3) President Obama visits Saudi Arabia's new King Salman. Fortunately, the President visited Riyadh and not Jeddah, so the visit didn't cause much of a disturbance to daily life here. However, the media picked up on the First Lady's clothing choices, and my wife posted about how the media got it wrong. Also, the Daily Show had a great piece about how many top US officials hopped i on this boondoggle visit.

4) I got my Saudi Driver's license! Of course, on the first dayout  driving on my own, I got stuck behind a three car accident at an intersection. The rule is that you basically leave the cars where they are until the police show up, which meant I had to weave through the accident site to make a left turn. And I stand by my initial assessment of what it's like to drive in Saudi Arabia.
I had to go right of (1), the left of (2), and the left of (3),
which put me into on-coming traffic while making a left turn.
5) We set up our internet using STC's 4G wireless router system. It's pretty cool, and doesn't require anyone to come out to install it since it works the same as your smartphone on a 4G network. The buildings here aren't great for reception though, so we had to get an antenna to improve the Wi-Fi range. That only took several weekends and several different stores to figure out. We had been considering a few other options but just gave up because we had something that worked well enough.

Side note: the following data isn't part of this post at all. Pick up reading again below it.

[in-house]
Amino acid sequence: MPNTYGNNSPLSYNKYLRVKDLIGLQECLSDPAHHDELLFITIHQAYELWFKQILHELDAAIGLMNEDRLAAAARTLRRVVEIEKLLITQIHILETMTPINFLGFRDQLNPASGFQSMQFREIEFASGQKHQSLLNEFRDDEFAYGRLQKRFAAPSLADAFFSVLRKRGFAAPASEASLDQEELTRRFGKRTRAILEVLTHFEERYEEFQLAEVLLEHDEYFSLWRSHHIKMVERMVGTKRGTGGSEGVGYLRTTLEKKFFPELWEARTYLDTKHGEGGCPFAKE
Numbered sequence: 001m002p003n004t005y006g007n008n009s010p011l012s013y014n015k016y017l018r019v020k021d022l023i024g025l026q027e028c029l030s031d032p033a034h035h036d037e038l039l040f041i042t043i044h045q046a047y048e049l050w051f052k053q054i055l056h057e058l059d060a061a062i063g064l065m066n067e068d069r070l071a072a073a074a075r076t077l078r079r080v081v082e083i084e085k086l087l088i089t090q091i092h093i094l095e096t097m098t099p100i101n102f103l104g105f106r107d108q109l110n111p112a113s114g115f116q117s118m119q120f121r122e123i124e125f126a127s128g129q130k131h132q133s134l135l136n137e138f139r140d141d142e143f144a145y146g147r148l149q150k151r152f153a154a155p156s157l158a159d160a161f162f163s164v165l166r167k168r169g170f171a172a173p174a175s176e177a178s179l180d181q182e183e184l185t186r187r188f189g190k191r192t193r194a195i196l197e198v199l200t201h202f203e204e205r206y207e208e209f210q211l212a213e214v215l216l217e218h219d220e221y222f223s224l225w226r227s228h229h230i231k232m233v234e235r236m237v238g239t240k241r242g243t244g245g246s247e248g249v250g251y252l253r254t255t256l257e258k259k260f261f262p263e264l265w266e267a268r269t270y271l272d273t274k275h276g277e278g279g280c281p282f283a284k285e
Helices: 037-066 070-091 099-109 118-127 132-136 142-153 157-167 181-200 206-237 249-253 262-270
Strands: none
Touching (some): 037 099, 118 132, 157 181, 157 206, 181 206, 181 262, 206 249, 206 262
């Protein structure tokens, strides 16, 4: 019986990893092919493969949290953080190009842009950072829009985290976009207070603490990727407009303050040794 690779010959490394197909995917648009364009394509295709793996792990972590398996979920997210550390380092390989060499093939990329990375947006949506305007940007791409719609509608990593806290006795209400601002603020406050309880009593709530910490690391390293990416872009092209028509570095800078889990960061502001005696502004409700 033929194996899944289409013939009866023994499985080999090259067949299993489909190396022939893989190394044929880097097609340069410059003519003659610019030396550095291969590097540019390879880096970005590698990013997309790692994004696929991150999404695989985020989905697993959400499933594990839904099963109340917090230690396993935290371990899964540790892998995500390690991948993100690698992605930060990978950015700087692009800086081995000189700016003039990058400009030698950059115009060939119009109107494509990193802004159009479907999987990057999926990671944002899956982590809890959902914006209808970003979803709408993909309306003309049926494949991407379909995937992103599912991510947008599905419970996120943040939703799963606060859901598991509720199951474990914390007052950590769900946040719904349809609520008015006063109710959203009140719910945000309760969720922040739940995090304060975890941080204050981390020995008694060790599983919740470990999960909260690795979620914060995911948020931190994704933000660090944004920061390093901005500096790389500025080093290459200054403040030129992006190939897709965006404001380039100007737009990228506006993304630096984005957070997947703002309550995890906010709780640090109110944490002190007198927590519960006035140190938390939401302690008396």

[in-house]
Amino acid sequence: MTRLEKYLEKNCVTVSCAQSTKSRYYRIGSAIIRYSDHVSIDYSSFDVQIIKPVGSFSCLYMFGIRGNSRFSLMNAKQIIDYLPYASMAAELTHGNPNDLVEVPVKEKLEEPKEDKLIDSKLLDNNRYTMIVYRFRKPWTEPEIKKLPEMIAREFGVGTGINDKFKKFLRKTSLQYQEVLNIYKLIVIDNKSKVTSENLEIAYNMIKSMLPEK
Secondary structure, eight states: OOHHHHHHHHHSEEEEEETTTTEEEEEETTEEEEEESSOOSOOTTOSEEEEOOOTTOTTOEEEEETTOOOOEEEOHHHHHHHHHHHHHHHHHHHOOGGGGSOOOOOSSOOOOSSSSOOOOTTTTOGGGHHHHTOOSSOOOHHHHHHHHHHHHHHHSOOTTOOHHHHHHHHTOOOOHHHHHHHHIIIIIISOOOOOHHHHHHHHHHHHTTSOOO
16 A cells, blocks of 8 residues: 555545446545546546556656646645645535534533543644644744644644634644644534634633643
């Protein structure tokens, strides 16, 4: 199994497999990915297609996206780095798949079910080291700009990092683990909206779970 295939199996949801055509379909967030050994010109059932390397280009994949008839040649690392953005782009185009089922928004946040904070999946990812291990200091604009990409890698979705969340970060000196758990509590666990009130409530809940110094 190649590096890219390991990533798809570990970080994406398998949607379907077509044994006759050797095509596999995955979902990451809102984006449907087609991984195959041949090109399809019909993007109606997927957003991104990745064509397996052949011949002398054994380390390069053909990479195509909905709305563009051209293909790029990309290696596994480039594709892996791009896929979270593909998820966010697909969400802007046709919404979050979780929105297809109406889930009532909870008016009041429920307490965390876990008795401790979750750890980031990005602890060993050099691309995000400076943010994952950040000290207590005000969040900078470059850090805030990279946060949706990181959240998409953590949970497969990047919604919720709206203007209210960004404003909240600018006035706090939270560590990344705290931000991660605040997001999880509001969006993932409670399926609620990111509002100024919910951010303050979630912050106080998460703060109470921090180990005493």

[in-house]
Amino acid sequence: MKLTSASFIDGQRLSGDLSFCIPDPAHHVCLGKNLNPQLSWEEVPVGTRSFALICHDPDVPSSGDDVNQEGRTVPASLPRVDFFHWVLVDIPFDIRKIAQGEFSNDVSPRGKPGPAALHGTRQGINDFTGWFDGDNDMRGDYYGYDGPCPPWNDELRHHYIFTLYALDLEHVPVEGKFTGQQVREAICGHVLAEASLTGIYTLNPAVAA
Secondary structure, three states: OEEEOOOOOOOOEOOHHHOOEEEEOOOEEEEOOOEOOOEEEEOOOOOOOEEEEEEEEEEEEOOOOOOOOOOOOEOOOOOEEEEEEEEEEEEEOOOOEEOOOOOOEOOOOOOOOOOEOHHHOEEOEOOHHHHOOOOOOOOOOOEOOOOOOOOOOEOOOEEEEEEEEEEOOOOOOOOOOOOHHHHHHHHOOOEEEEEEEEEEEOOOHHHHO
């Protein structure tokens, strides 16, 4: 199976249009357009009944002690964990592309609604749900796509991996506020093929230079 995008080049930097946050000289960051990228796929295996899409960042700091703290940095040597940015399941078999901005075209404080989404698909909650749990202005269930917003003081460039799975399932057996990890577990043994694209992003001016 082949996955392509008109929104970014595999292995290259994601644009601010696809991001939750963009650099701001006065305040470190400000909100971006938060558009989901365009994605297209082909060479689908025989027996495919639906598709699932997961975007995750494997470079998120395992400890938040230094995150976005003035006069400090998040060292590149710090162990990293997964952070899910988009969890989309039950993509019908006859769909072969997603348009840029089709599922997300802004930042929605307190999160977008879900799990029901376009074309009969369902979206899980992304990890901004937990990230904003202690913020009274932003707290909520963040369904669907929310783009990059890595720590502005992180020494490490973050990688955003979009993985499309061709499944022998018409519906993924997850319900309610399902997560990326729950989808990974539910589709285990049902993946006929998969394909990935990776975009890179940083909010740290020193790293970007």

6) We hired a housekeeper. She visits on a weekly basis for a few hours, but at least the chaos our kids cause is reset every week...and the cycle begins again when they come home from school. It still seems weird to have someone come over to clean up for us (especially since we are still waiting for our main household goods shipment), so much so that we sometimes clean up before she arrives so that our house doesn't look that messy. There were lots of other little things good and bad, but those were the highlights.
Happiness is...a chocolate milkshake on a warm day.